We Can Finally See Chrome’s Integrated Ad Blocker at Work Soon
“An ad blocker developed by Google” is a bit of an oxymoron in itself. Why would a company that rakes in billions through advertising revenue develop a tool that blocks its source of income? The answer is simple; the internet is a mean and horrible place (don’t let anyone tell you otherwise). Advertisements aren’t inherently bad, but some practices employed by several advertisers make the experience annoying. Loud ads that play music out of nowhere, full-screen popups with hidden dismiss buttons are a few gripes that users have with advertisements. An integrated ad blocker for Chrome was in the works since last year and we can expect to see it in action soon.
Chrome will automatically block ads on sites that fail the Better Ads Standards. Pop-ups, animated or auto-playing ads, scroll-overs, and large banners are some of the types of ads that are discouraged. When one request has been blocked; Chrome will show the user a message indicating that ad blocking has occurred as well as an option to disable this setting by selecting “allow ads on this site.” For desktop users, the notification in Chrome’s address bar will look similar to Chrome’s existing pop-up blocker. Android users will see a message in a small infobar at the bottom of their screen and can tap on “details” to see more information and override the default setting.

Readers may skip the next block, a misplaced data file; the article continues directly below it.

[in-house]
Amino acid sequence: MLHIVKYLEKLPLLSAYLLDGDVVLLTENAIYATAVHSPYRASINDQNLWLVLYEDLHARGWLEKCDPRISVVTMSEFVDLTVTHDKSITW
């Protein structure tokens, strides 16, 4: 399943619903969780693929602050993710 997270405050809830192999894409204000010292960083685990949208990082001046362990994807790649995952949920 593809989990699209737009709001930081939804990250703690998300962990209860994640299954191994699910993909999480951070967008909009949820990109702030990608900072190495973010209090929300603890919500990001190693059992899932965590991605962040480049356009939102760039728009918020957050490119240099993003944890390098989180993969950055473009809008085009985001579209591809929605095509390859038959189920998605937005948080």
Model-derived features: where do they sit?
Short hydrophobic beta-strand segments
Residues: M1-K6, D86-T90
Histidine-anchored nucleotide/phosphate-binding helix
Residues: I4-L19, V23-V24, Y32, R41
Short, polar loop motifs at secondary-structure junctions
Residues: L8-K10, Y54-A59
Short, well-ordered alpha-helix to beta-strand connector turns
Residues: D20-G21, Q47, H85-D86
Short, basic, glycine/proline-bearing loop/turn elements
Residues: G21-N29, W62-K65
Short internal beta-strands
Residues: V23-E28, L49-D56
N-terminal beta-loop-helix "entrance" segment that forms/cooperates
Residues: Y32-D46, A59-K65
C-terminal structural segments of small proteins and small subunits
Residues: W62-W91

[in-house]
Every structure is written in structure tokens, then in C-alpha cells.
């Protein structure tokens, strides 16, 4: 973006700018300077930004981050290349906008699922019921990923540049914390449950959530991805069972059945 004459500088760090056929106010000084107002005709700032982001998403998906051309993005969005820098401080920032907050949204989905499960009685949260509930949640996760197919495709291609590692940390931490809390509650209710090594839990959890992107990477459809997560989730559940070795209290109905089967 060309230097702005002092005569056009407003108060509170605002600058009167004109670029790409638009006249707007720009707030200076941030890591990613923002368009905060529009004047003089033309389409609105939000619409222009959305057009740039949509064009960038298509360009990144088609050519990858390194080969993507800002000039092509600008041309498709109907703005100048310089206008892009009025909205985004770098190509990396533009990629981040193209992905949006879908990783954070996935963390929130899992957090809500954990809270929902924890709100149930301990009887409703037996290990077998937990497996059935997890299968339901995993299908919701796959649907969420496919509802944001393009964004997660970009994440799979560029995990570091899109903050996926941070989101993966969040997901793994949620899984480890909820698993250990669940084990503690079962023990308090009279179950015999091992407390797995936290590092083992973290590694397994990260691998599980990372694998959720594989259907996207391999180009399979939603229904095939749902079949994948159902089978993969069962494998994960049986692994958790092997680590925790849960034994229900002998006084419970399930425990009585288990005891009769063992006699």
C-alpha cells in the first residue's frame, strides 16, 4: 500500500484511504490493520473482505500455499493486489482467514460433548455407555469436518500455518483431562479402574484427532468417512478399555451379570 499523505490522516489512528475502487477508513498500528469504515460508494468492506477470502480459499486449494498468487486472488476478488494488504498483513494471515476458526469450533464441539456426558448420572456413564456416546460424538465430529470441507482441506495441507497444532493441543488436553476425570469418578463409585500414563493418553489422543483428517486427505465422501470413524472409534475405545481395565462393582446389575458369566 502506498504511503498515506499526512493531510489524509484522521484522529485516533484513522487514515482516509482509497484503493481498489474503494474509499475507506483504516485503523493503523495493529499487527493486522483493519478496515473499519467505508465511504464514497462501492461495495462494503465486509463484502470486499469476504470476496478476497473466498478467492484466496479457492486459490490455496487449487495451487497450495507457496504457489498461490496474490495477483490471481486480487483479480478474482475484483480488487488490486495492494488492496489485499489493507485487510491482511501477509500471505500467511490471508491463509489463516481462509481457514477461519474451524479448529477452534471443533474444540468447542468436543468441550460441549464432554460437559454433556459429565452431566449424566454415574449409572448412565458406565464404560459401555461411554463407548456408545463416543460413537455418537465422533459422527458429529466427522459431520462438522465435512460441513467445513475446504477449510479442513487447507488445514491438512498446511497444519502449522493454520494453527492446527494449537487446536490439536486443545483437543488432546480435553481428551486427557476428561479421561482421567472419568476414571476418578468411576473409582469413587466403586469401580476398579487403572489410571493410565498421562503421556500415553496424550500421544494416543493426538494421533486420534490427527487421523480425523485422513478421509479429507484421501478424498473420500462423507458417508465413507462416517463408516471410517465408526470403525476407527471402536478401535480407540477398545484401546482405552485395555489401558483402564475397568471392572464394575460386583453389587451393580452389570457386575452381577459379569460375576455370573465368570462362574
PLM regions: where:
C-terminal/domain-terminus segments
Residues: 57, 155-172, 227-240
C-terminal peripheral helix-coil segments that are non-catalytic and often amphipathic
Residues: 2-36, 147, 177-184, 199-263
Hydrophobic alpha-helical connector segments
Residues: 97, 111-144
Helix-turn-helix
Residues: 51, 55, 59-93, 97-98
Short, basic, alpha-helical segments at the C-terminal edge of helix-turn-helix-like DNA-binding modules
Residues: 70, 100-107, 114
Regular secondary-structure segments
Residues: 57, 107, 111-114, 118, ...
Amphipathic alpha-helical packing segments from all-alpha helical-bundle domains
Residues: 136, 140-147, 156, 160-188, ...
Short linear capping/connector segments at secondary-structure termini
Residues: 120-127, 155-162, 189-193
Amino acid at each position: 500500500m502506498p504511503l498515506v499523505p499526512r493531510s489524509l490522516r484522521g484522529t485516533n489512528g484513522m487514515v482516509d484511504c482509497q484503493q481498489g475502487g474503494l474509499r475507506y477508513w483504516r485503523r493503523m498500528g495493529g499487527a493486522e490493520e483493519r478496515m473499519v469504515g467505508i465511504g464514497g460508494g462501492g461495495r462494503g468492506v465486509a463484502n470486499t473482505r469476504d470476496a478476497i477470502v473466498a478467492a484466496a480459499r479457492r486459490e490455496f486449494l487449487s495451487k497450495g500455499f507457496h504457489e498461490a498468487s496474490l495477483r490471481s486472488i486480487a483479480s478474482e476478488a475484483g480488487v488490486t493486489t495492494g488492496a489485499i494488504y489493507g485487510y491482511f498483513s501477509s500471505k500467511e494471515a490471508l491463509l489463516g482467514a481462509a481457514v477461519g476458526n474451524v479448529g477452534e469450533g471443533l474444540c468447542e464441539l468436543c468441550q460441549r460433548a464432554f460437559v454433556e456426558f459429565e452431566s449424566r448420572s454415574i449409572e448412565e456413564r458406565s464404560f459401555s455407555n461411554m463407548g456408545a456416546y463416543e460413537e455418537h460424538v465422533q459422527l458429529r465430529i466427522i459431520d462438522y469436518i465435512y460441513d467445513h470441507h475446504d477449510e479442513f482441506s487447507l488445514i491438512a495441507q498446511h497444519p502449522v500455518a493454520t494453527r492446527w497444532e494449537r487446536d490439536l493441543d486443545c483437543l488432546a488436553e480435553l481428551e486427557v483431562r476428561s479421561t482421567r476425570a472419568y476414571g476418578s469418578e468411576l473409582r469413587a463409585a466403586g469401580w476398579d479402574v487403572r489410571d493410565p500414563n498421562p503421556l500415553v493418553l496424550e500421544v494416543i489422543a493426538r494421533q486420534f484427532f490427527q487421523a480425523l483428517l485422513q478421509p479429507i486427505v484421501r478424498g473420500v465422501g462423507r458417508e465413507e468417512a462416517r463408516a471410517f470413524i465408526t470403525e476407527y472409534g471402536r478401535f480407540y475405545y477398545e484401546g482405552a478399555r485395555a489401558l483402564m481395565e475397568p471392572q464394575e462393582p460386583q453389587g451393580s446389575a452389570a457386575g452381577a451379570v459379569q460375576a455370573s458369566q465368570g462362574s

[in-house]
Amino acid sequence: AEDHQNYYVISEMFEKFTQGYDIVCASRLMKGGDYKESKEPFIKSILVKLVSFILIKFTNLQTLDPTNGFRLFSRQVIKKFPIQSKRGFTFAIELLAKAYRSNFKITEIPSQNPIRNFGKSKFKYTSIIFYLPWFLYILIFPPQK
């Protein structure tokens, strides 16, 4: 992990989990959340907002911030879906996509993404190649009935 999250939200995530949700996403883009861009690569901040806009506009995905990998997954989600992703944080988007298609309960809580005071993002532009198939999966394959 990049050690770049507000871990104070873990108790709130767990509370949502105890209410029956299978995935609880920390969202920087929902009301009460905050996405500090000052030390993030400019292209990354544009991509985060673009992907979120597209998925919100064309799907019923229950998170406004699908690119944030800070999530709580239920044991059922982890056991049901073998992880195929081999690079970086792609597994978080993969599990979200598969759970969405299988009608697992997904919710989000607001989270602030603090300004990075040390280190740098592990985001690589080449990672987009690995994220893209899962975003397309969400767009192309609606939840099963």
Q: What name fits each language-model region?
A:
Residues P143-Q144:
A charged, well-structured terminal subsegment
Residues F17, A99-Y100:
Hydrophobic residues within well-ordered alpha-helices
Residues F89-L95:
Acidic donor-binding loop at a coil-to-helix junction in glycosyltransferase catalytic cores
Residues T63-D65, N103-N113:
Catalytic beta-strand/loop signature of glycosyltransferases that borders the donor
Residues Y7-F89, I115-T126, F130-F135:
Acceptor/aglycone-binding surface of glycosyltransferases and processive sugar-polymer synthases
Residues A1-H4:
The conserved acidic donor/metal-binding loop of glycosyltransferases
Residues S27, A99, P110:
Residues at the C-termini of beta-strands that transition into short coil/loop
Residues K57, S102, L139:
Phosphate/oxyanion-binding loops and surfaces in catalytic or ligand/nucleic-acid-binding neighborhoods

Sites are evaluated by examining a sample of pages from the site. Depending on how many violations are found, the site will be evaluated as having a status of Passing, Warning, or Failing. Site owners can also see more detailed results, such as the specific violations of the Better Ads Standards that were found, via the Ad Experience Report in Google’s Search Console and evaluation status of sites can be accessed via the Ad Experience Report API. Site owners can also request to have their site reviewed after they have remedied the non-compliant ad experiences.
The blocker is based on the EasyList filter (which is used by every ad blocker), and also affects Google’s AdSense and DoubleClick platforms. According to Google, 42% of sites that were previously failing the Coalition’s standards have resolved their issues since February 12th, so the ad blocker is already showing results.